Diagnosis & staging
These are tests that may be used to diagnose this type of cancer.
- Urine tests
- Blood tests
- X-ray examinations are used a lot
- IVP - Intravenous Pyelogram – also known as 'excretory urogram' – this is an X-ray mapping of the kidneys and area. A dye, called a contrast medium, is injected into the bloodstream and a series of x-rays are taken. As the dye moves through the kidneys, ureters and bladder, the x-rays provide a picture of any blockages, which shows where the tumour is located.
- Arteriogram – a dye is injected that enters the kidney through the arteries, enabling the biggest arteries to be seen. This test is rarely used today.
- CT scans
For more information on tests used to diagnose cancer, see our Recommended Websites, Diagnostic Tests
Types and Stages
- Renal cell carcinomas (also called adenocarcinomas) are the most common (85%) of all kidney cancers.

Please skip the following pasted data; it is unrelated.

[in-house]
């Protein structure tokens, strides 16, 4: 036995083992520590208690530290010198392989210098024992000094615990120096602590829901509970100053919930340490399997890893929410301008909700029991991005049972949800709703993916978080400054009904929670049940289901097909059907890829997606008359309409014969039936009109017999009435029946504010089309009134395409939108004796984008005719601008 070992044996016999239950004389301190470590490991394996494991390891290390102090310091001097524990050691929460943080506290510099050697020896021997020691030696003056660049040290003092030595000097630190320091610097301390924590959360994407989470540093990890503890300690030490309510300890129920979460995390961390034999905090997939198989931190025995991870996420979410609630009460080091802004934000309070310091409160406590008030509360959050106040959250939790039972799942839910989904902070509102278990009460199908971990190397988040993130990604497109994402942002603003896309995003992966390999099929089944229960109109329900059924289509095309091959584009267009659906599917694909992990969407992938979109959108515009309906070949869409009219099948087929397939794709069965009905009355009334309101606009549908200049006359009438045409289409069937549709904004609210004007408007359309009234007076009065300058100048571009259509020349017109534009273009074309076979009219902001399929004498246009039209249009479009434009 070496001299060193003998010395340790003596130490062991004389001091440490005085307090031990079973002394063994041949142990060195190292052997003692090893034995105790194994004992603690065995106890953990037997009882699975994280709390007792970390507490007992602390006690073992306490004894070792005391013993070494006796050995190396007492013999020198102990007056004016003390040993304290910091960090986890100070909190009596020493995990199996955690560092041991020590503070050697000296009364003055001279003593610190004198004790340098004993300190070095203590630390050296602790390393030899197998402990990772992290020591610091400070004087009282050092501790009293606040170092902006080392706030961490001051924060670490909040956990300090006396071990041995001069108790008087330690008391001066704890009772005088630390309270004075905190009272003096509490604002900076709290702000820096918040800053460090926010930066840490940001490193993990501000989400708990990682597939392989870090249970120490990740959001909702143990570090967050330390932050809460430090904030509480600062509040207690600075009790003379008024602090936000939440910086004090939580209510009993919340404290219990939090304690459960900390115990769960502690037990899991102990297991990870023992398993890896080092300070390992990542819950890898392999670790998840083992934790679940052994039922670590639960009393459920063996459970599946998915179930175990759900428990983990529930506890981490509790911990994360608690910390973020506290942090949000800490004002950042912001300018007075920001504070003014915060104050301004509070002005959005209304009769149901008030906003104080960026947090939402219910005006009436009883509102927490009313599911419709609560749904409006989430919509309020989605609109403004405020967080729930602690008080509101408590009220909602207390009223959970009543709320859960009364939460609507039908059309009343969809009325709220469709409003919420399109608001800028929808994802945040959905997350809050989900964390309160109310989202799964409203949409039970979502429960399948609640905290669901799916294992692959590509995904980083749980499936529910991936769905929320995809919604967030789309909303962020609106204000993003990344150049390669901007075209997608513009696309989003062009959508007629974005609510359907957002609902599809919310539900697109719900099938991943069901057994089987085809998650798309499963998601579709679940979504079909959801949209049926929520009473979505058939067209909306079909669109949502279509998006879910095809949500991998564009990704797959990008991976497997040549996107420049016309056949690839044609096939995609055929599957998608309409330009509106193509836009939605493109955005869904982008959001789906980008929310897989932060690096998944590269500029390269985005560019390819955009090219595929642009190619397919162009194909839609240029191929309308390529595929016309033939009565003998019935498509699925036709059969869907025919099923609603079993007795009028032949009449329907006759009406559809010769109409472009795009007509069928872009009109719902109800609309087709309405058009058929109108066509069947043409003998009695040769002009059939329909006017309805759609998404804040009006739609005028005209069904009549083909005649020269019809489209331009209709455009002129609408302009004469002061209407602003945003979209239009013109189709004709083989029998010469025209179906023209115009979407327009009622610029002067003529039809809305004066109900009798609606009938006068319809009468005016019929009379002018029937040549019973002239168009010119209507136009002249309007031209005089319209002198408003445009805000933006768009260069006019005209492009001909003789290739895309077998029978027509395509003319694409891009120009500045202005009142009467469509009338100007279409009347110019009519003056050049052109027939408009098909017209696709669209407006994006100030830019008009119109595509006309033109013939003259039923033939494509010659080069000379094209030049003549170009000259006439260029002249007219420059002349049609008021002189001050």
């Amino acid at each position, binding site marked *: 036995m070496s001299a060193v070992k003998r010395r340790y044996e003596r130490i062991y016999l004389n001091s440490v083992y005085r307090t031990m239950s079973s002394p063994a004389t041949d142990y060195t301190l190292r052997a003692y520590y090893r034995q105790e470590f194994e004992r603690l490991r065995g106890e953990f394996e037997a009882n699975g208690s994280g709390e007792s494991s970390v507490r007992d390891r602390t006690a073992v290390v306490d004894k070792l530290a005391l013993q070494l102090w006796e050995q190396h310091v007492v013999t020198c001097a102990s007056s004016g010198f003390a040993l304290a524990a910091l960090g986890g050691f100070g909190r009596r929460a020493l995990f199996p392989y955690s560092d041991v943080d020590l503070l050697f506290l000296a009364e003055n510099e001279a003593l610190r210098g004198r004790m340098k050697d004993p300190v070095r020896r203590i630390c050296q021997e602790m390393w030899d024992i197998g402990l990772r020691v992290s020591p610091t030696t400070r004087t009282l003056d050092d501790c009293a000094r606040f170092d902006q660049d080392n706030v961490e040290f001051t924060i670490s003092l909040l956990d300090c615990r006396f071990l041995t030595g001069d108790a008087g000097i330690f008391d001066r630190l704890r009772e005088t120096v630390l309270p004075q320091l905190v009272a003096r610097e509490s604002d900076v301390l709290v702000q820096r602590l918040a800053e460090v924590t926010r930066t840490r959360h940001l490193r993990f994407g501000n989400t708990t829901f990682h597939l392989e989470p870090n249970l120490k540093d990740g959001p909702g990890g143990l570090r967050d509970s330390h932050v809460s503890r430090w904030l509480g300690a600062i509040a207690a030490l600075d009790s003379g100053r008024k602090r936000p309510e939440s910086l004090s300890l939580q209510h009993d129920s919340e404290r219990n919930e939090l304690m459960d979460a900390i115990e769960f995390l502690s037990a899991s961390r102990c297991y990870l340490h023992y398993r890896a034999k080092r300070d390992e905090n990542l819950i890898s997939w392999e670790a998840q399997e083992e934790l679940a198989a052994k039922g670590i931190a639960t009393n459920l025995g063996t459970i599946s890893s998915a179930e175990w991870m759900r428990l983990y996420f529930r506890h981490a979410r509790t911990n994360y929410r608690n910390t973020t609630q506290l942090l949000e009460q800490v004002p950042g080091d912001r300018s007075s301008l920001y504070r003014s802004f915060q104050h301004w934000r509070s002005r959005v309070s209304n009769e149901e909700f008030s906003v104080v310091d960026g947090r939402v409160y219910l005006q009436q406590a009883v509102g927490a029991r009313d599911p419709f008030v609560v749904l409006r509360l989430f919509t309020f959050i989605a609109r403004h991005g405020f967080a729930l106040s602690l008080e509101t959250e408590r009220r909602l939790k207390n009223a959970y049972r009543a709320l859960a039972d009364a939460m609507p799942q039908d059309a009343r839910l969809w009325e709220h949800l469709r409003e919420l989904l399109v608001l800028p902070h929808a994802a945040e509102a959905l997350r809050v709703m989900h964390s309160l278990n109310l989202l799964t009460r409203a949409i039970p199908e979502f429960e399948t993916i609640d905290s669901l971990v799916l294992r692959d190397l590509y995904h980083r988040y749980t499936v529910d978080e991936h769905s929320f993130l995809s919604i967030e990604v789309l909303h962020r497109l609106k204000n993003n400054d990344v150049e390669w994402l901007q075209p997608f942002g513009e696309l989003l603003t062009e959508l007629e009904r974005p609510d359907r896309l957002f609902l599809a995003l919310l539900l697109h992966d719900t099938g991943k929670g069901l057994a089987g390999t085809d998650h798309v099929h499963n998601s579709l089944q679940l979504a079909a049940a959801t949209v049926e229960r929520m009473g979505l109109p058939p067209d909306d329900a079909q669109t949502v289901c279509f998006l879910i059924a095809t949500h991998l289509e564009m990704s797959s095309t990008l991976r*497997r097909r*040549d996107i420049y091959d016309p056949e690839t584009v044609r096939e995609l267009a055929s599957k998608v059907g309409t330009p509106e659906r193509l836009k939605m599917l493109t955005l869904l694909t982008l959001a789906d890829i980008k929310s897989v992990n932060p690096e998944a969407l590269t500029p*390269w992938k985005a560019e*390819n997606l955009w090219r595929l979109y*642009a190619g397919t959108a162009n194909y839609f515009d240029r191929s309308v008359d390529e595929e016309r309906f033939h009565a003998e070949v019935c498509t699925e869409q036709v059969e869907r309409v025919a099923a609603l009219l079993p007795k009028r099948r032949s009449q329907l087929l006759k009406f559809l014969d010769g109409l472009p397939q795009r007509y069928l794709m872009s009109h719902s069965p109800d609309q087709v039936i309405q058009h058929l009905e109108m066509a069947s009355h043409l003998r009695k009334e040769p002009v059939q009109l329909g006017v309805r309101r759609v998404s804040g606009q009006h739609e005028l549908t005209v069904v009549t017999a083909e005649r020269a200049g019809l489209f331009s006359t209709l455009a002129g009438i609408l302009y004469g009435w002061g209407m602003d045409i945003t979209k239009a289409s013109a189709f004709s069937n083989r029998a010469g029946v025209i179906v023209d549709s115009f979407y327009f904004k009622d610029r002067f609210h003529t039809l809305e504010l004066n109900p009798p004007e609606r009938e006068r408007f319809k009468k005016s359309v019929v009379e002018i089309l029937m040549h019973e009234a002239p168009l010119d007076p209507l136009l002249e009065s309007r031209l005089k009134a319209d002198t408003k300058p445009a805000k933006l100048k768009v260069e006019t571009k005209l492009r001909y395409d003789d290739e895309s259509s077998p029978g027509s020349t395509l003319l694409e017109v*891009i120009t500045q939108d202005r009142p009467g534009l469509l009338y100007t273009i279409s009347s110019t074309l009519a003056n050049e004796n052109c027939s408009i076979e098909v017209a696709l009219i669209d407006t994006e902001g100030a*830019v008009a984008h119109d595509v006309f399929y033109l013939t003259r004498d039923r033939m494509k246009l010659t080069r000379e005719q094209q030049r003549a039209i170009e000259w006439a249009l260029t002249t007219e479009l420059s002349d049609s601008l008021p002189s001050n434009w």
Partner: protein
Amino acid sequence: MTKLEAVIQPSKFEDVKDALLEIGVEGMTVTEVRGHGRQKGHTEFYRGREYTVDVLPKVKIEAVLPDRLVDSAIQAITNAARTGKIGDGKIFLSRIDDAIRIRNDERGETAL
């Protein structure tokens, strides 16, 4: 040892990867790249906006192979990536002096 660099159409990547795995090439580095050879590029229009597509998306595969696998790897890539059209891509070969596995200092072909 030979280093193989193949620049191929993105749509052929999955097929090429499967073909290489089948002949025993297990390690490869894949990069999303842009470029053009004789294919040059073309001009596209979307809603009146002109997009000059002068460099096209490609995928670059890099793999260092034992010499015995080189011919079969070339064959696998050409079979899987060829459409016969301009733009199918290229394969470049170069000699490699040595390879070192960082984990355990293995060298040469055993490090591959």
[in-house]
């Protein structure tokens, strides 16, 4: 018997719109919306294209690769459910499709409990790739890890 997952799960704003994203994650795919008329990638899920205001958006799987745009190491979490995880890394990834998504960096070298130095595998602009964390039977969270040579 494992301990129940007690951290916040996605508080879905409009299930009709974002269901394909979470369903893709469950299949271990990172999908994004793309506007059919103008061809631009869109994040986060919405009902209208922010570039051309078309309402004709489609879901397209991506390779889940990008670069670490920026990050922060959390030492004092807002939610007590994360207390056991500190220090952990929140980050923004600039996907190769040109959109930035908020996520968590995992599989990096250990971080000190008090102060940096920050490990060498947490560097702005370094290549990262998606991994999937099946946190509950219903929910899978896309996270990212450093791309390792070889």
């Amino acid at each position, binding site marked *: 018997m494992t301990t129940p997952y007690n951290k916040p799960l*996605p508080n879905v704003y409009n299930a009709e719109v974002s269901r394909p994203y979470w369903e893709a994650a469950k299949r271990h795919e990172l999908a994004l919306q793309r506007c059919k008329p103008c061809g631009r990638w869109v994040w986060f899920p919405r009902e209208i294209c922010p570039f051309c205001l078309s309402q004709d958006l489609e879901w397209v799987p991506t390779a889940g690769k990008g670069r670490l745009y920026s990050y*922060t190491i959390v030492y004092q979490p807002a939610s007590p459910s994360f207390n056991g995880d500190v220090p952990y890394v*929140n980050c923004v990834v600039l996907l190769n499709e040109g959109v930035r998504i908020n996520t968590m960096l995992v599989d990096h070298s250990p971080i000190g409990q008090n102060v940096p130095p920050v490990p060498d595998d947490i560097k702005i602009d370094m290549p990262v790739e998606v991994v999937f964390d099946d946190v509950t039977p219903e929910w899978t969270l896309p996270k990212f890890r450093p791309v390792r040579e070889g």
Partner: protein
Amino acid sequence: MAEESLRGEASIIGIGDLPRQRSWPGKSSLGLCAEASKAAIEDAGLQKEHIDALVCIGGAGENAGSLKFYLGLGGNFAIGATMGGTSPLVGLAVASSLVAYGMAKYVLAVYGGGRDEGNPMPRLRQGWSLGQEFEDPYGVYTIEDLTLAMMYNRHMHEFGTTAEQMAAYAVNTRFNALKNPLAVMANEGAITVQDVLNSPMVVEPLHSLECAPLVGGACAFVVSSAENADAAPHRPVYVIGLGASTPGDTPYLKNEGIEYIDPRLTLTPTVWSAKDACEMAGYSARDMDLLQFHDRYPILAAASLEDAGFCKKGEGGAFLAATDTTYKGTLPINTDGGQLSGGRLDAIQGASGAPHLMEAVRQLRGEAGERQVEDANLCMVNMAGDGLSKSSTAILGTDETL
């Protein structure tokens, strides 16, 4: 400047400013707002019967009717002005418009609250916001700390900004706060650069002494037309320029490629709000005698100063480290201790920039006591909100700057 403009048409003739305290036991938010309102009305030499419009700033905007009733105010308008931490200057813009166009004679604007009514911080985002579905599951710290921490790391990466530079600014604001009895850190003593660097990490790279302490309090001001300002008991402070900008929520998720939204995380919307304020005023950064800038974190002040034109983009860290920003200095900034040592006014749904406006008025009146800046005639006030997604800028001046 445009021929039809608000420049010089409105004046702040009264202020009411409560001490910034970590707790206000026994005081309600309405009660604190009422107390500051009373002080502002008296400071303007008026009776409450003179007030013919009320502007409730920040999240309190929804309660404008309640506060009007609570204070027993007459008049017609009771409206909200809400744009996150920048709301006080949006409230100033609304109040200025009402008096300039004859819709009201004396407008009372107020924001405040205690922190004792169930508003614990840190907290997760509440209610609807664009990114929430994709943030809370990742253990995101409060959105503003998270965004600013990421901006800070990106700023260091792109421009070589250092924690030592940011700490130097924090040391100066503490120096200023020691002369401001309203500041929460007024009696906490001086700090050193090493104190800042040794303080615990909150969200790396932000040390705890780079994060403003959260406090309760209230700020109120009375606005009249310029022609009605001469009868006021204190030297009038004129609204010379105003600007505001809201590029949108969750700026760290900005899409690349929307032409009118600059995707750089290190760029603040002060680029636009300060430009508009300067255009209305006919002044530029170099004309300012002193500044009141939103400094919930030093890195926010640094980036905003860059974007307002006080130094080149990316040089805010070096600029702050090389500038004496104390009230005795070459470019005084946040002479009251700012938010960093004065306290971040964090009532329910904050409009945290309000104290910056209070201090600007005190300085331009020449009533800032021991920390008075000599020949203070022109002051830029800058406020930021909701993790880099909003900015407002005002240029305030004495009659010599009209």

- The peak incidence is between age 50 - 70.
- Men are affected twice as much as women [see note, Statistics].
- Transitional cell carcinomas
- These tumours occur in the renal pelvis.
- They affect the kidney's collecting systems and behave like cancers of the bladder or ureter, so BC Cancer treats these cancer the same way we treat transitional cell carcinomas of the bladder.
- Constitutes 8% of kidney tumours.
- 50% of patients have invasion of underlying muscle at diagnosis.
- Usually affects people aged 60 - 80.
- Wilms' Tumour
- Found mostly in children.
- Accounts for 5% of all kidney cancers.
Staging describes the extent of a cancer. The TNM classification system is used as the standard around the world. In general a lower number in each category means a better prognosis. The stage of the cancer is used to plan the treatment.
T describes the site and size of the main tumour (primary)
N describes involvement of lymph nodes
M relates to whether the cancer has spread (presence or absence of distant metastases)
Limited to the kidney, smaller than 7 cm across. 5-year survival approx. 90%
Limited to the kidney, bigger than 7 cm across. 5-year survival approx. 80%
Invasion of blood vessels near the kidney, into one lymph node near the kidney, or into the renal fat surrounding the kidney. 5-year survival approx. 50%
Regional lymph node involvement or metastases. 5-year survival approx. 10-20%